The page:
“The world eventually has to get back to normal,” Dock Fore owner Shaun McCarthy said. “Will it be the same normal? Probably not, but we can’t go on like this forever.”

Business was slow the first week of the mandate, but McCarthy wasn’t sure if that was because of the new requirements, the cold weather or “dry January” – a social movement to reduce or eliminate drinking during the first month of the year. However, some regulars told him they’d go elsewhere until it changed.

“I had a bunch of customers say, ‘Sorry, nothing personal, but I’m going … where we don’t have to wear a mask,'” he said.

Generally, it will be a relief not to have to police the rules and deal with the few people who loudly refused to follow them, McCarthy said.

“Unfortunately, there are people who just don’t know how to act right,” he said.



Steve DiMillo Jr., events manager for DiMillo’s on the Water, said he has no issue with the City Council voting to end the indoor mask mandate.

“I think the numbers are trending in the right direction,” he said, referring to COVID-19 hospitalizations.

DiMillo is confident that the staff at his waterfront restaurant will adapt as they have throughout the pandemic to another change in mask-wearing regulations.

“Our staff has gotten pretty used to all the changes,” he said. “After all, we’ve been doing this for almost two years. We’ll just continue to go day by day.”

Amy Marchessault, managing partner at Flatbread Company Inc. on Commercial Street, said she hasn’t had time to meet with her staff to evaluate the impact of the council’s decision to make mask-wearing voluntary.


Marchessault said the decision will likely put more pressure on her employees, who have been doing their best to comply with city mandates.

“We are doing the best we can,” she said. “We are all in the trenches together.”

Raina Levine, manager of Treehouse Toys on Exchange Street, said her employees have asked her to keep the store’s masking requirement, although she hasn’t yet made a decision.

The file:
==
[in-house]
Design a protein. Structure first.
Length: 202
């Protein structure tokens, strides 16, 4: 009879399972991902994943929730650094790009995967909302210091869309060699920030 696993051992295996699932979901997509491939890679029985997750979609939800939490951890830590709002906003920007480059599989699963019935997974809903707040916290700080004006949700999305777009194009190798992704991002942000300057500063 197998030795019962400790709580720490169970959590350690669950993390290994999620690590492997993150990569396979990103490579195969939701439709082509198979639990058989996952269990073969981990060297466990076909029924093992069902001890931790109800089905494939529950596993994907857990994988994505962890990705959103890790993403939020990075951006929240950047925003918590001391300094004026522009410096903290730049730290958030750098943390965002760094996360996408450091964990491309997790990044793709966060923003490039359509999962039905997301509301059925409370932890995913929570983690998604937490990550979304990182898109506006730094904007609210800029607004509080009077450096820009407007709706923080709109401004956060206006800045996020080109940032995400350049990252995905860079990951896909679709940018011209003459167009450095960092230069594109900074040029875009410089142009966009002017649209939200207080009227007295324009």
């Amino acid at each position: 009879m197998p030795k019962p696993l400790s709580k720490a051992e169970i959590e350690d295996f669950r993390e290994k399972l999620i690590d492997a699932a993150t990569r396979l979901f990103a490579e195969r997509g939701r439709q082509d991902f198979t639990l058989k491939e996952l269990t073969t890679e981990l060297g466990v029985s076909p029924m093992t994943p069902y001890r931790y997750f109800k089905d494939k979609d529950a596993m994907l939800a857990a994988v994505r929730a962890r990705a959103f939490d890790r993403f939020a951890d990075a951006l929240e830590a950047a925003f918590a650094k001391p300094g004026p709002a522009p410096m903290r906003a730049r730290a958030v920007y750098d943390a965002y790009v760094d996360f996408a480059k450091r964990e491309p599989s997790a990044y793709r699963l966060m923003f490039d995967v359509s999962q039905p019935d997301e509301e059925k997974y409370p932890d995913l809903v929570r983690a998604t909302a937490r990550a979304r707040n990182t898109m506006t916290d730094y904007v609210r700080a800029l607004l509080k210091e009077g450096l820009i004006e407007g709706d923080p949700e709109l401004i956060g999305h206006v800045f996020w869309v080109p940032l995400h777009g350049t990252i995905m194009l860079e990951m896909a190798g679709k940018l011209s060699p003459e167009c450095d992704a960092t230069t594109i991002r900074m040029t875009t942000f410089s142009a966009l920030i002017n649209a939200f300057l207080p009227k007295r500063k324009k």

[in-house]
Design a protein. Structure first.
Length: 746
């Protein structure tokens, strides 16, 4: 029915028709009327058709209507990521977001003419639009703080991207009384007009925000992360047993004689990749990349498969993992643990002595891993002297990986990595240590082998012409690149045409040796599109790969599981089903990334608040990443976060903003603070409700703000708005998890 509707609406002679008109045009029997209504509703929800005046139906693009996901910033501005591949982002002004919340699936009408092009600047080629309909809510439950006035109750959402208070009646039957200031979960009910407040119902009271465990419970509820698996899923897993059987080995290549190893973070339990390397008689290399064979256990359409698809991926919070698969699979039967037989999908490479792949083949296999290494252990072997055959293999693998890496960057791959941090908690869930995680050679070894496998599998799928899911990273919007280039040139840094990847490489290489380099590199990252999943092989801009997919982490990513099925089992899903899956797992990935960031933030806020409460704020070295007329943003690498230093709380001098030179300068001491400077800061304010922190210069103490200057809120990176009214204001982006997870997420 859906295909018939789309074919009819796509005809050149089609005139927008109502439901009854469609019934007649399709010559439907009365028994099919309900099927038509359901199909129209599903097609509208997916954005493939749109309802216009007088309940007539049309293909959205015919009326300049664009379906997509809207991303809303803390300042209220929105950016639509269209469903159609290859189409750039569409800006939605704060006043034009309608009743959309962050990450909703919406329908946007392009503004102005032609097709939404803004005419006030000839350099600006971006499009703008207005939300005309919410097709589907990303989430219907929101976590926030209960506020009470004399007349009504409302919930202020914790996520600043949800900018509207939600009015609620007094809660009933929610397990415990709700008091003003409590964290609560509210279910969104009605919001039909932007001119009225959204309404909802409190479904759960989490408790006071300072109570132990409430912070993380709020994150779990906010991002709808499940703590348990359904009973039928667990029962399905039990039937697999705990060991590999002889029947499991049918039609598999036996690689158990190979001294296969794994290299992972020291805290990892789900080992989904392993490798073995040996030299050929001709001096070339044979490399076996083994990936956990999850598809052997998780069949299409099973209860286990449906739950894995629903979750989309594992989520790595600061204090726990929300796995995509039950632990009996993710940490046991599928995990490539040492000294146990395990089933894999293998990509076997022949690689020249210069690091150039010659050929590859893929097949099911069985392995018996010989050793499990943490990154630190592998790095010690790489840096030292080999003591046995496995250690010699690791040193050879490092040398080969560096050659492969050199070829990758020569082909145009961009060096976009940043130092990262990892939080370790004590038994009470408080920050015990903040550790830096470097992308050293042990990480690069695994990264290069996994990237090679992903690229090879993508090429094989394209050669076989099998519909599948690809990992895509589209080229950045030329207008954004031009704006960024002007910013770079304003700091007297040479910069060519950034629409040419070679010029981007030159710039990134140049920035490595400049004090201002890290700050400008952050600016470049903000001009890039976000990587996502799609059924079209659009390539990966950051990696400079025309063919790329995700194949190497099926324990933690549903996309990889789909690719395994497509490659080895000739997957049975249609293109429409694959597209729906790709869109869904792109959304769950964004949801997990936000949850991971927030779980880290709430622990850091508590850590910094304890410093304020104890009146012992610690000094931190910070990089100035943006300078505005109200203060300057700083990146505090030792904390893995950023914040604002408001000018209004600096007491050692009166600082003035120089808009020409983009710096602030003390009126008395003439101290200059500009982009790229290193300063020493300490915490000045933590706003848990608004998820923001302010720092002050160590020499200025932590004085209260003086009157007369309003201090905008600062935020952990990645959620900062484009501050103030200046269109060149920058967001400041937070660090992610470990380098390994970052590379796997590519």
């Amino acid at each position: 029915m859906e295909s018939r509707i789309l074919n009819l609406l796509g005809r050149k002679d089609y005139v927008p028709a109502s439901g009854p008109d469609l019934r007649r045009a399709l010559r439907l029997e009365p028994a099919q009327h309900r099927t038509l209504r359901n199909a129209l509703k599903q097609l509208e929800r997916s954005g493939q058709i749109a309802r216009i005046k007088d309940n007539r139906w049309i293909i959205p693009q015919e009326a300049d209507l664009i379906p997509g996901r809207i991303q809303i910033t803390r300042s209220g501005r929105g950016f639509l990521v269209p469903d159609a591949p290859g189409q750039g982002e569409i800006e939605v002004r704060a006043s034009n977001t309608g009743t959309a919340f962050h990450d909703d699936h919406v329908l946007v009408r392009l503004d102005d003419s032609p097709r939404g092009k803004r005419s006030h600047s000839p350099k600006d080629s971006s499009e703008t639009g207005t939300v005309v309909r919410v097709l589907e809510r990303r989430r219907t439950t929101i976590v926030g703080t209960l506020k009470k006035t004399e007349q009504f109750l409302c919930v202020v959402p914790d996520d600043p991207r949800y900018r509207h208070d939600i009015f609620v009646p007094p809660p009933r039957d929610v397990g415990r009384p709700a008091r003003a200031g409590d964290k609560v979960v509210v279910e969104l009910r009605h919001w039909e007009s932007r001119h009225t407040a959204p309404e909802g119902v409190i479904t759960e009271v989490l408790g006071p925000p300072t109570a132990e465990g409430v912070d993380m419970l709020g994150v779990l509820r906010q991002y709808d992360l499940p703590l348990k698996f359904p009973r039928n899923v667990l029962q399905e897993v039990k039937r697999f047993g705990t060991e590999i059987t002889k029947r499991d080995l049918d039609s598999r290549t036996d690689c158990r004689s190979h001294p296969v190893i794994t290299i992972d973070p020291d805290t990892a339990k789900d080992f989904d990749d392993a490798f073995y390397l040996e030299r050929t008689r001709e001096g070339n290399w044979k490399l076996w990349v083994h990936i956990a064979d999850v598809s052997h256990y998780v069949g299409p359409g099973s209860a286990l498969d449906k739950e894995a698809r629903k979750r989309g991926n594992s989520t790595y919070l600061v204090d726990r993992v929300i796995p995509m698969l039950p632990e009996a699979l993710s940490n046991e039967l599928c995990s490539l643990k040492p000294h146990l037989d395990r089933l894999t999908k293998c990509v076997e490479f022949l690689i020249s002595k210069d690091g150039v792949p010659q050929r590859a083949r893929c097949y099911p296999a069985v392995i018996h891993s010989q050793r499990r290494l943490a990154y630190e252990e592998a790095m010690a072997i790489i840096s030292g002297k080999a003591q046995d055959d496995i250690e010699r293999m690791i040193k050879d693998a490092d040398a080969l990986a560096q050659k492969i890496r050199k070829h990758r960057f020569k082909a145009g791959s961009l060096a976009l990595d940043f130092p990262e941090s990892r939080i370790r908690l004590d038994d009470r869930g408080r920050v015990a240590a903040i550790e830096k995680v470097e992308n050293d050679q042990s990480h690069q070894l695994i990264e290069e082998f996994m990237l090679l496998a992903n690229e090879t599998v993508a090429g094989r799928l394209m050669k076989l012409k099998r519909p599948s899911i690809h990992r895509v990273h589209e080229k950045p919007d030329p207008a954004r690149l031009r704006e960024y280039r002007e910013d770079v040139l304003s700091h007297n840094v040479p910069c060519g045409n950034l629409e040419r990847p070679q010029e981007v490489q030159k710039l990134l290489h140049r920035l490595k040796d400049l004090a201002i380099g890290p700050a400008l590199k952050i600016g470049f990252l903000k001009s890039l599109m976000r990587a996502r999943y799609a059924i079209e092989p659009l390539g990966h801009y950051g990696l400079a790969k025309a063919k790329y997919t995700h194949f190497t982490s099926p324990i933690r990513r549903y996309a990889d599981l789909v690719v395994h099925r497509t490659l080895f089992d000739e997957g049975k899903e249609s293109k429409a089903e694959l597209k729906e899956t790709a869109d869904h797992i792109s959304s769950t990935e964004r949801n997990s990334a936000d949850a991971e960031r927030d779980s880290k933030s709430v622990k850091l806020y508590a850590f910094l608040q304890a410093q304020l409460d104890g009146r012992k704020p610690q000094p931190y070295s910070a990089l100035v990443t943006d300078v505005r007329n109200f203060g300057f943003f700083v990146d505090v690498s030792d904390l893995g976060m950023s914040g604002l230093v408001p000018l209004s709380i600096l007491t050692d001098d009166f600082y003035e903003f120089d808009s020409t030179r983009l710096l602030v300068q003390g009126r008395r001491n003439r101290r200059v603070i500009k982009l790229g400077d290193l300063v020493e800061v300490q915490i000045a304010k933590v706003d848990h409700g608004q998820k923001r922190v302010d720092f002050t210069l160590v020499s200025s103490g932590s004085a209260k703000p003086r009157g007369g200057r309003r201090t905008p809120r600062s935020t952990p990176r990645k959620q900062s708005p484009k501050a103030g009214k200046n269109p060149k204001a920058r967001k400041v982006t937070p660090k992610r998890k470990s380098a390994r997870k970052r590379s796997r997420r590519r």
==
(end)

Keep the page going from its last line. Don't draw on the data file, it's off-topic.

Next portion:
“I have heard, already, concerns for the difficulty that will arise when we don’t have the (city) mandate to cite,” she said.

However, the city requirement didn’t end the difficulties that were sometimes encountered when employees tried to enforce the mask rule, Levine said.

“It only goes so far anyway,” she said. “The people who don’t want to wear a mask don’t care who’s telling them to wear one.”


Coffee By Design’s three Portland locations are likely to require masks for at least a little longer after the city mandate drops, owner Mary Allen Lindemann said. She intends to consult with staff and managers about their comfort level with changing store policies right away.

“We are not just talking about our safety as a staff,” she said. “We have long-term customers, we have first-time customers, (and) we want to ensure their safety when they are with us.”

Lindemann said the council’s vote was not surprising. The city presented convincing evidence that the threat is receding.

“We are so close to going from a pandemic to an endemic – just be patient while we all sort of navigate this time,” Lindemann said. “It might mean you have to wear a mask a little while longer.”

Donovan, the Portland nurse, said she wears a mask or protective gear for hours while at the hospital. While she was heartened to see everyone wearing masks while she was out shopping Tuesday, she’s baffled by those who refuse to wear one.

Donovan said she asks them a simple question:

“Would you want your surgeon not to wear a mask in the operating room?”

Staff Writers Dennis Hoey, Peter McGuire and Rachel Ohm contributed to this report.